Status and Distribution
Considered extinct, not having been recorded in Britain since 1926 although it is suggested it may be overlooked. Prior to then the moth occured at a dozen or so widely separated parts of England from Kent in the south-east, Gloucestershire and Herefordshire in the west, to Durham in the north.
Bradley & Fletcher no:
Maps updated with all data received by February 2018.
Photographs of a set male and female can be seen on the Natural History Museum, Cockayne collection website:
Foodplant and Larval Feeding Signs
Unknown. It has been suggested that the moth may lay its eggs on grass or Origanum vulgare (marjoram) and this suggested association with marjoram is also mentioned as possible, but unconfirmed, in Europe.
The feeding signs and larva are unknown.
Finding the Moth
Visiting historic sites for the species where marjoram occurs during sunny periods in June would seem to be the best chance of refinding the moth. It is unknown if it comes to light. Anyone locating a possible specimen should make notes of the habitat, weather, time of day and what the moth was doing when located. Photographs of the area and micro-habitat would be very valuable in attempting to track down this moth in other areas.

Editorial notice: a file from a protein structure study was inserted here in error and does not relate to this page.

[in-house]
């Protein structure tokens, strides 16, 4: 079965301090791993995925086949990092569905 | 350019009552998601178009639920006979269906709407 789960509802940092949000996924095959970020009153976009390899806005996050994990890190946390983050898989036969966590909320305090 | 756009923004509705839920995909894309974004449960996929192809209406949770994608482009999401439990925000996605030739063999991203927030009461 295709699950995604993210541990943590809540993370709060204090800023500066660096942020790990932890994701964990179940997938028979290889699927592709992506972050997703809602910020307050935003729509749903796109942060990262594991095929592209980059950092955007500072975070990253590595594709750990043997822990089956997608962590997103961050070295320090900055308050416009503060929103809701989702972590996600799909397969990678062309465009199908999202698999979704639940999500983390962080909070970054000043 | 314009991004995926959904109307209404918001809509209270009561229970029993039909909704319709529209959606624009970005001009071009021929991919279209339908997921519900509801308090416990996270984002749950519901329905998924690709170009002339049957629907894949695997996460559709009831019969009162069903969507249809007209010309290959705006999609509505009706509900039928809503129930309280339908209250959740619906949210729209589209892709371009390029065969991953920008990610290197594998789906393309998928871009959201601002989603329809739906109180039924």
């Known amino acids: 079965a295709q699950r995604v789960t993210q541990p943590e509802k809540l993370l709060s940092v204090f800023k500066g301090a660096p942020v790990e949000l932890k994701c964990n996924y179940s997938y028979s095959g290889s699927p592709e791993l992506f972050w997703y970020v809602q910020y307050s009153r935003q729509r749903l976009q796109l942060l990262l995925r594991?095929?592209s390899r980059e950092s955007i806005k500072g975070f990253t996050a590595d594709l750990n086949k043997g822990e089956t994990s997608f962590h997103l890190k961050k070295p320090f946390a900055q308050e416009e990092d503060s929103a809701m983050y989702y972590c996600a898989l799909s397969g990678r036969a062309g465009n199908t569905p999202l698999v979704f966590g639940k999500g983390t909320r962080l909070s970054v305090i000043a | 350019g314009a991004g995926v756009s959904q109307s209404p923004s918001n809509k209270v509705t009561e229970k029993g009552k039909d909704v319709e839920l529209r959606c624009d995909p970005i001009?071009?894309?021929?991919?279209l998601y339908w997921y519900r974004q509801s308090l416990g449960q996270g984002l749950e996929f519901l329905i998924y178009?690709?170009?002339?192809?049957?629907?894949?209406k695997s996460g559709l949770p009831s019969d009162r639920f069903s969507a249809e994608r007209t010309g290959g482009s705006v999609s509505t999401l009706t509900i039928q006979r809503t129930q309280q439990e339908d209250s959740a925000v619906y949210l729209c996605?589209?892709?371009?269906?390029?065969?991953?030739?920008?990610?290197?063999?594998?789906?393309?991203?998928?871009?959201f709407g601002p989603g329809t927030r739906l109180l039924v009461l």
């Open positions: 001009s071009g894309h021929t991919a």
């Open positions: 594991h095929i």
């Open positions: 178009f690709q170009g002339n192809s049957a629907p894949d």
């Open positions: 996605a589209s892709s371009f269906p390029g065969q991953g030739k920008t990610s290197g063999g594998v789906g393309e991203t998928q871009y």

Similar in size, shape and markings to Psamathocrita argentella from which it is best separated by dissection. It may be possible to differentiate the two by examination of the underside of the abdomen which is reddish-buff in P. osseella and whitish in P. argentella but this has not been tested in the field. The species looks very Coleophora or Elachista-like in shape and size, the hindwing shape being the best way to identify it as a Gelechiid.
In sunshine from first week of June to mid July, the latest date on the database being the 21st July 1909 in VC32.